Achilles and the Tortoise

File:Zeno Achilles Paradox.png

In a race, the quickest runner can never overtake the slowest, since the pursuer must first reach the point whence the pursued started, so that the slower must always hold a lead. – as recounted by Aristotle, Physics VI:9, 239b15 Source: wiki

Achilles and the tortoise have a race and Achilles lets the tortoise get a 100 meter start. Then Achilles catches up with where the turtle was.  In the time Achilles caught up to where the tortoise was, the tortoise advanced 50 meters ect ect ad infinitum.

 

The Dichotomy Paradox

File:Zeno Dichotomy Paradox alt.png

That which is in locomotion must arrive at the half-way stage before it arrives at the goal.– as recounted by Aristotle, Physics VI:9, 239b10 Source: wiki

The Dichotomy paradox can be thought of as a moving of the hands to clap except one hand stays still, while the other halves the distance and halves the distance and halves the distance until there’s contact however according to the paradox, this should be impossible.

Another paradox of movement is Zeno’s Arrow as explained in this video by carneades.org

 

File:Zeno Arrow Paradox.png

If everything when it occupies an equal space is at rest, and if that which is in locomotion is always occupying such a space at any moment, the flying arrow is therefore motionless.[12]
– as recounted by Aristotle, Physics VI:9, 239b5 Source: wiki

This is a strange one where it argues that if an arrow is in motion, every moment it holds a single space in time and to be in motion it would be moving through spaces in time but every single moment it is not any other space in time but a the single space it occupies at that second therefore movement is impossible.  I like to use this one as an excuse to not get out of bed in the morning.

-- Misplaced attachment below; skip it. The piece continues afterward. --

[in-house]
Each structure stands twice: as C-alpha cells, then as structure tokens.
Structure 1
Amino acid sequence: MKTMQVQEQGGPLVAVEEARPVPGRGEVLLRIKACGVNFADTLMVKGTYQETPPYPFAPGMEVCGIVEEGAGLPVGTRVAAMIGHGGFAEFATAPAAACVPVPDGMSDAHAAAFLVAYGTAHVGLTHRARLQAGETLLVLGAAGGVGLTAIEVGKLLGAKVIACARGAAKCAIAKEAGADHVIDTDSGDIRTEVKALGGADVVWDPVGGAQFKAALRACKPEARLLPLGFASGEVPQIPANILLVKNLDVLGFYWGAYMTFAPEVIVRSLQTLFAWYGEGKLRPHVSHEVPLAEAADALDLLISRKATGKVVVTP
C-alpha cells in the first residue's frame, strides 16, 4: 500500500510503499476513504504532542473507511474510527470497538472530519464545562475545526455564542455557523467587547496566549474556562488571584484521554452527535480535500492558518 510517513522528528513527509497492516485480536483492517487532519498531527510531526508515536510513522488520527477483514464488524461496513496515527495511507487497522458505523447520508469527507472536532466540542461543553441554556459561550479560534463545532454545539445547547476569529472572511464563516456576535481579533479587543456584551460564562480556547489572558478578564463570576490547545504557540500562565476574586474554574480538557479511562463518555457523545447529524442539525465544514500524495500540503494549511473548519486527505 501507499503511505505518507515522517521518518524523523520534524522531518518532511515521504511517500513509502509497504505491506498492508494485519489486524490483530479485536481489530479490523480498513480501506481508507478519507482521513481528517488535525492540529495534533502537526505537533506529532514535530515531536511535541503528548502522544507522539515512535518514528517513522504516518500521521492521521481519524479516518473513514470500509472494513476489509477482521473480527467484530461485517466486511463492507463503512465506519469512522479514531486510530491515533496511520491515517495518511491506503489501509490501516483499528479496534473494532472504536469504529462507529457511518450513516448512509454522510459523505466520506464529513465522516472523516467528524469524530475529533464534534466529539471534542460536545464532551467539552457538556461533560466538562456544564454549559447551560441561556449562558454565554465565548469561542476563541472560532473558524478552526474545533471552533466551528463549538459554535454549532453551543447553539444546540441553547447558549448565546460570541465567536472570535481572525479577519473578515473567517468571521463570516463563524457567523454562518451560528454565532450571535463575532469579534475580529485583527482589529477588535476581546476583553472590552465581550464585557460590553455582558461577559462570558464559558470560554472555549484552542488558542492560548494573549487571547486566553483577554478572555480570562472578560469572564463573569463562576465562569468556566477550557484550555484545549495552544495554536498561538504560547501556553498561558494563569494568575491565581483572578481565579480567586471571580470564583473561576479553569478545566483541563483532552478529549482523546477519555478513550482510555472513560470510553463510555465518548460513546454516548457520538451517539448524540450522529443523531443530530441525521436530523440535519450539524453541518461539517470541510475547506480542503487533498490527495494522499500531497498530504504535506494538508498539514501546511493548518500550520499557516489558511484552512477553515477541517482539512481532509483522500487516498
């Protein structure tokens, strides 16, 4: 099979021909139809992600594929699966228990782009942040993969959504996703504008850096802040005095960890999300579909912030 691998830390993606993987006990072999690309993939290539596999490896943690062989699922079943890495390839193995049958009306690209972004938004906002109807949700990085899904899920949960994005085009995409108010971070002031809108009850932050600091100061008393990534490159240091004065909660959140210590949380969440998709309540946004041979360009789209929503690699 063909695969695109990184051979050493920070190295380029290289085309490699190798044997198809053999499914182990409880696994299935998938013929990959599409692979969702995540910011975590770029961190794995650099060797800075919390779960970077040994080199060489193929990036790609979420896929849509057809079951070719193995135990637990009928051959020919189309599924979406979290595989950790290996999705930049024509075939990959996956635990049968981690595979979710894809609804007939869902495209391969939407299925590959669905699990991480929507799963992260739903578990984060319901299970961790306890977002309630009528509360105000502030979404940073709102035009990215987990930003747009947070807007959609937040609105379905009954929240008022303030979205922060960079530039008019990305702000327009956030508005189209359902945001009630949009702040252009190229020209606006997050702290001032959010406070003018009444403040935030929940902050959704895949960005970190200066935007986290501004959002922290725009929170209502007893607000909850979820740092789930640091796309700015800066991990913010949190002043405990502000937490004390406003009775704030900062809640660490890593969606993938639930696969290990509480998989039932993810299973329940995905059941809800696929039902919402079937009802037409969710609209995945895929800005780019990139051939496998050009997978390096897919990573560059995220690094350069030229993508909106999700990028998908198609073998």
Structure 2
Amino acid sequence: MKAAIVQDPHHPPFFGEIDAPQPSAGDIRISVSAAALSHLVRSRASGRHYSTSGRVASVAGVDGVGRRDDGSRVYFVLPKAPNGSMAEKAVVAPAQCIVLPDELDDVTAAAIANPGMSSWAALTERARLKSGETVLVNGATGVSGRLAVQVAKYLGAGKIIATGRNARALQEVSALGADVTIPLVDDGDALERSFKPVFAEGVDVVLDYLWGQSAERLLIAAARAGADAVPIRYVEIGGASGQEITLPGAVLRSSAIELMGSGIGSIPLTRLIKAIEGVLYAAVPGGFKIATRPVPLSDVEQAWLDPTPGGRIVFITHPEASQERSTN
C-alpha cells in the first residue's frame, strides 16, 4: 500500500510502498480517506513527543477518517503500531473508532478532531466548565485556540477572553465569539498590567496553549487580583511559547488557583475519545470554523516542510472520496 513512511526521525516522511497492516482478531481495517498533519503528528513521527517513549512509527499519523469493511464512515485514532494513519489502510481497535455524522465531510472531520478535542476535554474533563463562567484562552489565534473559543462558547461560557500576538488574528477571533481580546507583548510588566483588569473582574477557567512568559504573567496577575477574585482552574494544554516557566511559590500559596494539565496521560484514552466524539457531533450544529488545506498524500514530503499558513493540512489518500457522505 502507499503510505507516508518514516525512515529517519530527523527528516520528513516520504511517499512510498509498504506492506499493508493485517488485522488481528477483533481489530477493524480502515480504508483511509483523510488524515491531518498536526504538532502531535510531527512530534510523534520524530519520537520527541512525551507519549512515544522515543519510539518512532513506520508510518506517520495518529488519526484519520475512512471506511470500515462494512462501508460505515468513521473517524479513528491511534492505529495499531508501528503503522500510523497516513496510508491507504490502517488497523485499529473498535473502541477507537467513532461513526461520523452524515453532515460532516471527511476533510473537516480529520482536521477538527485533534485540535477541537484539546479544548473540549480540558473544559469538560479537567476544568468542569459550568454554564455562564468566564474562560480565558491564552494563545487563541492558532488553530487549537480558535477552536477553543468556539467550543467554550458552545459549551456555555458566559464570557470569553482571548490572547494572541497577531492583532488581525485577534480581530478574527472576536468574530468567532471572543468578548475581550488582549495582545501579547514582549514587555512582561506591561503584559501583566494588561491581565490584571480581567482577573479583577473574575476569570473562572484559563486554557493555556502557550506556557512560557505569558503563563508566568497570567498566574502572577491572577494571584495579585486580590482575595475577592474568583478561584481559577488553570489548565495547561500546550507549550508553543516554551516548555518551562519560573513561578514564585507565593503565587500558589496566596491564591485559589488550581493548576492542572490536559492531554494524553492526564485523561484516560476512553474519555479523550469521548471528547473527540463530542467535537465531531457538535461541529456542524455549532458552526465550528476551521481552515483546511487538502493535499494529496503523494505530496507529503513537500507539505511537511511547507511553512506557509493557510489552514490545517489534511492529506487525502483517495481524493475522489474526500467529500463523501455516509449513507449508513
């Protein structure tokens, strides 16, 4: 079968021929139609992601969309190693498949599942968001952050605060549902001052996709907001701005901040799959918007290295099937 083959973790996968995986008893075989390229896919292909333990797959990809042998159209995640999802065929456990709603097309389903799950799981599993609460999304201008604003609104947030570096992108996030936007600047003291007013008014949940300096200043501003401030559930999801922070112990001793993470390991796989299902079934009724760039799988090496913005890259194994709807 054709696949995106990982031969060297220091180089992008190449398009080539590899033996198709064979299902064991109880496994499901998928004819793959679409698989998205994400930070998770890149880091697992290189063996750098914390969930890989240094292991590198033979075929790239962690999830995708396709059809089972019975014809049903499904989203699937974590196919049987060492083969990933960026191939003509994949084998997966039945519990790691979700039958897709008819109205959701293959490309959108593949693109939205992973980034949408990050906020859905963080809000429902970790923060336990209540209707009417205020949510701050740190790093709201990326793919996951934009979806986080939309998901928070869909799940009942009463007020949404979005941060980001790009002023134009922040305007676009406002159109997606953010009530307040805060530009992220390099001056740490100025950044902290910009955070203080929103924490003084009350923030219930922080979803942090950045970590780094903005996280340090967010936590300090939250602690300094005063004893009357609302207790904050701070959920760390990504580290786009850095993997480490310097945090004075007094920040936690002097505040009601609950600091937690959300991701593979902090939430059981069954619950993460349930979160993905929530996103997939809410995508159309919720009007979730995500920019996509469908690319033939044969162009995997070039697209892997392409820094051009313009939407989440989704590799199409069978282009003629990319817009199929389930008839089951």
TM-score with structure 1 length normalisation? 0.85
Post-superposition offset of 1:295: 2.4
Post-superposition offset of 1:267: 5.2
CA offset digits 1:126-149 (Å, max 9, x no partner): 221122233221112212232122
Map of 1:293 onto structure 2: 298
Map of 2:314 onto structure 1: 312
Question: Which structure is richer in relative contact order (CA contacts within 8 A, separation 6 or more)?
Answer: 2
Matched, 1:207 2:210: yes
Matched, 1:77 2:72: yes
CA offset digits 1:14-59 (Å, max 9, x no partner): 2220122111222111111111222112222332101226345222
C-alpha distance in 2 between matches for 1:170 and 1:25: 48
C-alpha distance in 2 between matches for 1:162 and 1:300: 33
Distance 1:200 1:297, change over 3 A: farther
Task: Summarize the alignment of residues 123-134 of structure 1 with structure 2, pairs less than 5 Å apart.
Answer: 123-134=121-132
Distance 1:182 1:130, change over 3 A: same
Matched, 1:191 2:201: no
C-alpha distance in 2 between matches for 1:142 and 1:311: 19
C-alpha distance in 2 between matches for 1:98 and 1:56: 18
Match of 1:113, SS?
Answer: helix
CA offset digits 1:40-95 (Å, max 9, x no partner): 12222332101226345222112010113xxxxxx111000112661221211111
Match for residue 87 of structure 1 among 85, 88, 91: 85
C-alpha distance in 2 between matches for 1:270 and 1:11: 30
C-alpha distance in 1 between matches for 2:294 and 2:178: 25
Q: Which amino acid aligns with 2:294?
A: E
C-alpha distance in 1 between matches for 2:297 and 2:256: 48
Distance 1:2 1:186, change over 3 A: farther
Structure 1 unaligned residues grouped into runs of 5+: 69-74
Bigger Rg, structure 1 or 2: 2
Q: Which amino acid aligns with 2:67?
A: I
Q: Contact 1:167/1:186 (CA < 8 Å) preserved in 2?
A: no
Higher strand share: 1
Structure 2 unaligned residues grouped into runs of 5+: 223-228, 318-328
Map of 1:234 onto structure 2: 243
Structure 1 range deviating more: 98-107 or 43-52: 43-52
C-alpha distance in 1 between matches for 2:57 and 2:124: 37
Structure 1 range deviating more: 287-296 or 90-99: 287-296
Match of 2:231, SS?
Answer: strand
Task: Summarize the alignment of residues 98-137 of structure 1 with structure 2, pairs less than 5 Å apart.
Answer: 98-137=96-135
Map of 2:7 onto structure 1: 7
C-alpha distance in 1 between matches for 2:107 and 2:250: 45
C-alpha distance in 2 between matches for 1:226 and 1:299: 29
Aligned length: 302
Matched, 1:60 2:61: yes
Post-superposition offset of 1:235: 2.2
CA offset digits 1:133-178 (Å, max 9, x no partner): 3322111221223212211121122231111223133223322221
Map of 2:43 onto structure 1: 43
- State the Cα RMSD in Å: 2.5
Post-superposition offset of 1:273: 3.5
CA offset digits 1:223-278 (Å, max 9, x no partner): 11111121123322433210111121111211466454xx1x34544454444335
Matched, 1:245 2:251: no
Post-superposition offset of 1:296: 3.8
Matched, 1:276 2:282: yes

Zeno starts to loose me in the second round with The Paradox of Place:

if everything that exists has a place, place too will have a place, and so on ad infinitum.

Aristotle

As in all places have places until you get to the point of “Everything” as in “Life, The Universe, and Everything” which I feel like I can pretty much wrap my brain idea around the idea of “Everything” being a bubble in a sea of no-things, though I guess in a philosophical extent I can’t really construct a proof around a feeling.  Maybe someday.  

The Millet Paradox in it’s original phrasing is dated so I’ll attempt to update it so it’s more relevant.  

Original: The argument is that a single grain of millet makes no sound upon falling, but a thousand grains make a sound. Hence a thousand nothings become something, an absurd conclusion.

Updated: A single vote in an election will not make a difference.  However 1,000 can make a difference.  How can 1,000 non-difference making single votes make a difference? (I realise this kind of misses the point, but I have voting on the mind with all the political drama in the US and UK)